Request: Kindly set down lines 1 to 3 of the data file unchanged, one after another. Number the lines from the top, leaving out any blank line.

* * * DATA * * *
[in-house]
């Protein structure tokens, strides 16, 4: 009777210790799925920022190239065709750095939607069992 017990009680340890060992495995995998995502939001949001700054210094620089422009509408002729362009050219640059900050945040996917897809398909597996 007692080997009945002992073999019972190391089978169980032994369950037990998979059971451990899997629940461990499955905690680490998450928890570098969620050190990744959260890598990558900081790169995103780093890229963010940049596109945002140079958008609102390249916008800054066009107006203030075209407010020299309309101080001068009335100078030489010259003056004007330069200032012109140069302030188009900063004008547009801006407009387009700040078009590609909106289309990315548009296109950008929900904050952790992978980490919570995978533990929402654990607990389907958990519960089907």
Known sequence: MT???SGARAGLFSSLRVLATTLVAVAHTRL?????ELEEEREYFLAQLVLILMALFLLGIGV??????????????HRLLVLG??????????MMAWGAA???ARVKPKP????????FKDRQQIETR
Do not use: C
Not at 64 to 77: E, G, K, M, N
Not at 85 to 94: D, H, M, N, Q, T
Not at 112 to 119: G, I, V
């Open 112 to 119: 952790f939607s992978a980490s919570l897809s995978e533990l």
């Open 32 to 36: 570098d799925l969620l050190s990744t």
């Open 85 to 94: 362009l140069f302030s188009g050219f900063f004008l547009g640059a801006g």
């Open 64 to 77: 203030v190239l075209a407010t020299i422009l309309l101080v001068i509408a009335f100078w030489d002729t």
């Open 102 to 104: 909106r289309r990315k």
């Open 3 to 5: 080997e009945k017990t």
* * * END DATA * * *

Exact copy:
[in-house]
């Protein structure tokens, strides 16, 4: 009777210790799925920022190239065709750095939607069992 017990009680340890060992495995995998995502939001949001700054210094620089422009509408002729362009050219640059900050945040996917897809398909597996 007692080997009945002992073999019972190391089978169980032994369950037990998979059971451990899997629940461990499955905690680490998450928890570098969620050190990744959260890598990558900081790169995103780093890229963010940049596109945002140079958008609102390249916008800054066009107006203030075209407010020299309309101080001068009335100078030489010259003056004007330069200032012109140069302030188009900063004008547009801006407009387009700040078009590609909106289309990315548009296109950008929900904050952790992978980490919570995978533990929402654990607990389907958990519960089907």
Known sequence: MT???SGARAGLFSSLRVLATTLVAVAHTRL?????ELEEEREYFLAQLVLILMALFLLGIGV??????????????HRLLVLG??????????MMAWGAA???ARVKPKP????????FKDRQQIETR